Software giant Microsoft must pay a fine of 497m euros ($613m; £331m) for abusing its dominant market position, the European Commission has ordered.
Competition Commissioner Mario Monti also insisted Microsoft must reveal secrets of its Windows software, which sits on 90% of the world’s PCs.
The European Commission approved Microsoft’s punishment on Wednesday.
Microsoft has already said it will appeal, kicking off a legal battle that could last years.
Mr Monti said he was confident “that we have produced here a decision that will stand before any appeal”.
Microsoft has a cash pile of more than $50bn, so even a fine on this scale – a record for the EU in an antitrust case – is unlikely to hurt it commercially.
In fact, the company’s shares climbed 0.6% to $24.29 in New York during early trading.
Industry experts say that the non-financial penalties are likely to hurt Microsoft more by opening it to further challenges and altering the regulatory environment it operates in.
Mr Monti has ordered Microsoft to reveal details of its Windows software codes within 120 days, to make it easier for rivals to design compatible products.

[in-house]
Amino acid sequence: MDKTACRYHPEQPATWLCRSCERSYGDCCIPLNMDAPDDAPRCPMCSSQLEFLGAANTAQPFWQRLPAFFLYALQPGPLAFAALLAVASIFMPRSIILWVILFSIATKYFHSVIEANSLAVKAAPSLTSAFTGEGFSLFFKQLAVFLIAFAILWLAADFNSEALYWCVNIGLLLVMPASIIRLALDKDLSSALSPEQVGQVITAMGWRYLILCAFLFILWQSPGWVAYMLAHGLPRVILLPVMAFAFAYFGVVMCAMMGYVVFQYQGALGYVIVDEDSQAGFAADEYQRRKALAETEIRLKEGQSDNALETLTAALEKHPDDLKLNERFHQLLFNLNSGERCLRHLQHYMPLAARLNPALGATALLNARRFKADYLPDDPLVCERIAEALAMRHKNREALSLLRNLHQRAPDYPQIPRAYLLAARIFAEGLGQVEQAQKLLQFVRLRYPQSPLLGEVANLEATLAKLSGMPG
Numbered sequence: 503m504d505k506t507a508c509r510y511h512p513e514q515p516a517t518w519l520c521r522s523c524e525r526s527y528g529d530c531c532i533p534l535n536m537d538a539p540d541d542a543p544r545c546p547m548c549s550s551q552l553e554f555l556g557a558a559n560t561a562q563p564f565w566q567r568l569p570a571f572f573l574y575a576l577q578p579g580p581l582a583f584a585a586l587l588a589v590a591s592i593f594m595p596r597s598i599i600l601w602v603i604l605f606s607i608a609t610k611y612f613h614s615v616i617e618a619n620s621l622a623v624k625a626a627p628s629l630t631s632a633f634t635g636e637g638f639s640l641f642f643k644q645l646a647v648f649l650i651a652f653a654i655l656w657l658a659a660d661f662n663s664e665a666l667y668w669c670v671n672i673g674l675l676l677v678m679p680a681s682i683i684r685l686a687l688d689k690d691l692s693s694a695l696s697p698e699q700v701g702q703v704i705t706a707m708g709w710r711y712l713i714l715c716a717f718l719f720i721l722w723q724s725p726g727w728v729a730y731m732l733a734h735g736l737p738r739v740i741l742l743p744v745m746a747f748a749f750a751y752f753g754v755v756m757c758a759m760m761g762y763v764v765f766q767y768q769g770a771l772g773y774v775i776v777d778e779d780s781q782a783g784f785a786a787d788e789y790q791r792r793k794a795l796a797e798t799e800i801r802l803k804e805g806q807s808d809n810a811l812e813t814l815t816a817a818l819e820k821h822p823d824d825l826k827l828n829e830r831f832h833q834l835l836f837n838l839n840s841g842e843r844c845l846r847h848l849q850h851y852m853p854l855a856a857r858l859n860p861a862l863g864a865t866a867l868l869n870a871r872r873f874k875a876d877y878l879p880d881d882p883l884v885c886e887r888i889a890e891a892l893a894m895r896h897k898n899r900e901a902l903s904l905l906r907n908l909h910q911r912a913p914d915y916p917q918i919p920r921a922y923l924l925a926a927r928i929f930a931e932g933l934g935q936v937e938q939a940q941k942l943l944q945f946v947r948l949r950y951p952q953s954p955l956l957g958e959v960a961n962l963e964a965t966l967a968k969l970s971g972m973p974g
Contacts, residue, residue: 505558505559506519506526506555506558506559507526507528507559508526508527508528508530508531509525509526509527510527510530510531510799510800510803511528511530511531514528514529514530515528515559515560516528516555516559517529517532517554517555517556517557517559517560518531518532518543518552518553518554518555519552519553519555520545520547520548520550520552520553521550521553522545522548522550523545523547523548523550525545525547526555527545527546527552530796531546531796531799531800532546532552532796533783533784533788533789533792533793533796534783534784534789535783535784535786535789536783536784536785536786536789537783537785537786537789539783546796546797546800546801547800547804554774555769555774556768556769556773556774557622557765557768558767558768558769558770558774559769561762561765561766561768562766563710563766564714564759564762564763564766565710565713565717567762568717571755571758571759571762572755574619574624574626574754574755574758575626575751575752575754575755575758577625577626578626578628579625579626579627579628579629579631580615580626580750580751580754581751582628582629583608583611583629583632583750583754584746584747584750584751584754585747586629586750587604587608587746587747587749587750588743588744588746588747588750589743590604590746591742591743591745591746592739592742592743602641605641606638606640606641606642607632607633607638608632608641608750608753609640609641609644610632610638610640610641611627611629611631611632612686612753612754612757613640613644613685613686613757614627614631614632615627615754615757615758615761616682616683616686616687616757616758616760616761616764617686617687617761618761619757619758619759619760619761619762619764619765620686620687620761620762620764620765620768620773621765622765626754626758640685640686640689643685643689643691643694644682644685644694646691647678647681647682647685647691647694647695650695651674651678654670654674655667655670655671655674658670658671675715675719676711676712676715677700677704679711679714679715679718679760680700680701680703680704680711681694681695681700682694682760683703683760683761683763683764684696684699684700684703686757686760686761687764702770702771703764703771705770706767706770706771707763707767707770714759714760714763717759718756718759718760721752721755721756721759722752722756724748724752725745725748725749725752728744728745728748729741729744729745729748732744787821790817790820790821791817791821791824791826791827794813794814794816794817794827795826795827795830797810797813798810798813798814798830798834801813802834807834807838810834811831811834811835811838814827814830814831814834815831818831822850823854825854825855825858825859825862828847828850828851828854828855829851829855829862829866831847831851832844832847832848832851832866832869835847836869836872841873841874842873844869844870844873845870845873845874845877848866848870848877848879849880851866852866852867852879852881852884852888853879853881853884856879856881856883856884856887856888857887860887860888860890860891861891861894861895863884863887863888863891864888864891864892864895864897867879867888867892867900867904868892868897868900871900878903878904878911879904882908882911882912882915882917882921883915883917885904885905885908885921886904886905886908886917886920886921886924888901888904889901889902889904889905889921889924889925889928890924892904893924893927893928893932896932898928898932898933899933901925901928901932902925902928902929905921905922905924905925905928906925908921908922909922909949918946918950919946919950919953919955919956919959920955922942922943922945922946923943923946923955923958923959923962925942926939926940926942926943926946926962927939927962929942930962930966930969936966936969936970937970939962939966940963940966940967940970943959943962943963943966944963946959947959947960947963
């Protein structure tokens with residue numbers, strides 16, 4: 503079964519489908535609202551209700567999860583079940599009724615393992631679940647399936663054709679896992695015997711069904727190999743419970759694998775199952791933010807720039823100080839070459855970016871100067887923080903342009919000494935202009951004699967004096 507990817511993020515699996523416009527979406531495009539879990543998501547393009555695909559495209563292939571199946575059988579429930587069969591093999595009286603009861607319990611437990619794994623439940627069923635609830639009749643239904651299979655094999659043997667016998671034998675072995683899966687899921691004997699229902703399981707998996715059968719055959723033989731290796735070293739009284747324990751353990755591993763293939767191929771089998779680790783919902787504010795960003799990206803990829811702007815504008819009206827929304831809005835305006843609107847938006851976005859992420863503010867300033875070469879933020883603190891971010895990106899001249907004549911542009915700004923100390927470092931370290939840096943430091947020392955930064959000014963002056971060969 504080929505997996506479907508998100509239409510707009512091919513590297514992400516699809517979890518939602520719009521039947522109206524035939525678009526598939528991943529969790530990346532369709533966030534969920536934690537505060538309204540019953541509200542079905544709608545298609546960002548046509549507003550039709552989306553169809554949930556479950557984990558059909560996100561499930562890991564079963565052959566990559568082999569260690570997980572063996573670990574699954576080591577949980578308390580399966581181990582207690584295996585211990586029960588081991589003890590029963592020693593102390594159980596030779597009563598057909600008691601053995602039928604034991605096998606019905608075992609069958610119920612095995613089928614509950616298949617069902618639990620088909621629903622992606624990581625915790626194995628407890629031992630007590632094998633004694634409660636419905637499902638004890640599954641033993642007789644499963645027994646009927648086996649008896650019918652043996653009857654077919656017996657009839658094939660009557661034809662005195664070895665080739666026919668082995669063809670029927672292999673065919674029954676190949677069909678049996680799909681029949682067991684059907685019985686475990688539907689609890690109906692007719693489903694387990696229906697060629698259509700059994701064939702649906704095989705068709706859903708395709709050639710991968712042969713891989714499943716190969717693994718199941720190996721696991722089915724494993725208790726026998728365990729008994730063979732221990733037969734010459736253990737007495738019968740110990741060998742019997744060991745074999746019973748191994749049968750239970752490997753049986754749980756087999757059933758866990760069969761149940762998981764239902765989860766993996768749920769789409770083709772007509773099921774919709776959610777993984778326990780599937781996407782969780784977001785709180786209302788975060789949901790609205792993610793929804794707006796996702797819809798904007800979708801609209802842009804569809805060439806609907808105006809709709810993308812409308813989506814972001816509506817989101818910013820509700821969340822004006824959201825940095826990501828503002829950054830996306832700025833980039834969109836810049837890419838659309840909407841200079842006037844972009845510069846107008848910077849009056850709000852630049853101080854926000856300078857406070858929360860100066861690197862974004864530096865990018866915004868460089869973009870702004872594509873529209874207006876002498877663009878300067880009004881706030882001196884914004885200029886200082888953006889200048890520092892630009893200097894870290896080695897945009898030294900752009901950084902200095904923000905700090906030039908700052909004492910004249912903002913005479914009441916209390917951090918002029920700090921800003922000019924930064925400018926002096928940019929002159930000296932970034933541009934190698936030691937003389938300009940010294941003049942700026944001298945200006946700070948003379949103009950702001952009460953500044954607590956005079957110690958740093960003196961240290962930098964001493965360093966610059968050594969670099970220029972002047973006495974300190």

Microsoft must offer a stripped-down version of its Windows operating system minus the firm’s MediaPlayer audiovisual software within 90 days.
Microsoft will still be allowed to sell Windows with Media Player bundled in.
Rivals including Realnetworks welcomed the move, saying that at long last the playing field had been levelled.
The five-year-old EU case was launched after complaints from rival makers of audiovisual software that Microsoft was protecting its own media player and squeezing out others.
Mr Monti said Brussels’ decision did not break new legal ground in either Europe or the US, nor did it expropriate Microsoft’s intellectual property.
Microsoft claims that it should not be fined at all because it did not know its behaviour would breach EU law.